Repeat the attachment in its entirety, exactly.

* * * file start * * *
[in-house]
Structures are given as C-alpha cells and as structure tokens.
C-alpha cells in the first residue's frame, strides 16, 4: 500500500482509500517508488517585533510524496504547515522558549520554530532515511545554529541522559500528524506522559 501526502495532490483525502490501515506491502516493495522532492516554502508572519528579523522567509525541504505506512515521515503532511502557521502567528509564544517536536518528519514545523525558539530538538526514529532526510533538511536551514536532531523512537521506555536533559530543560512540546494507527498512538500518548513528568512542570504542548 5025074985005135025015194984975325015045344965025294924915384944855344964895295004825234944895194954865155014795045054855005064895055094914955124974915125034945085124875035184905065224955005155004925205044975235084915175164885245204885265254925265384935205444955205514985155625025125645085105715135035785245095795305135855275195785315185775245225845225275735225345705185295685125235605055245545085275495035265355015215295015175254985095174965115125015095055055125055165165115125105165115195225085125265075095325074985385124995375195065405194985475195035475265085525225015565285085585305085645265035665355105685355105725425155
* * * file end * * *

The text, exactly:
[in-house]
Structures are given as C-alpha cells and as structure tokens.
C-alpha cells in the first residue's frame, strides 16, 4: 500500500482509500517508488517585533510524496504547515522558549520554530532515511545554529541522559500528524506522559 501526502495532490483525502490501515506491502516493495522532492516554502508572519528579523522567509525541504505506512515521515503532511502557521502567528509564544517536536518528519514545523525558539530538538526514529532526510533538511536551514536532531523512537521506555536533559530543560512540546494507527498512538500518548513528568512542570504542548 5025074985005135025015194984975325015045344965025294924915384944855344964895295004825234944895194954865155014795045054855005064895055094914955124974915125034945085124875035184905065224955005155004925205044975235084915175164885245204885265254925265384935205444955205514985155625025125645085105715135035785245095795305135855275195785315185775245225845225275735225345705185295685125235605055245545085275495035265355015215295015175254985095174965115125015095055055125055165165115125105165115195225085125265075095325074985385124995375195065405194985475195035475265085525225015565285085585305085645265035665355105685355105725425155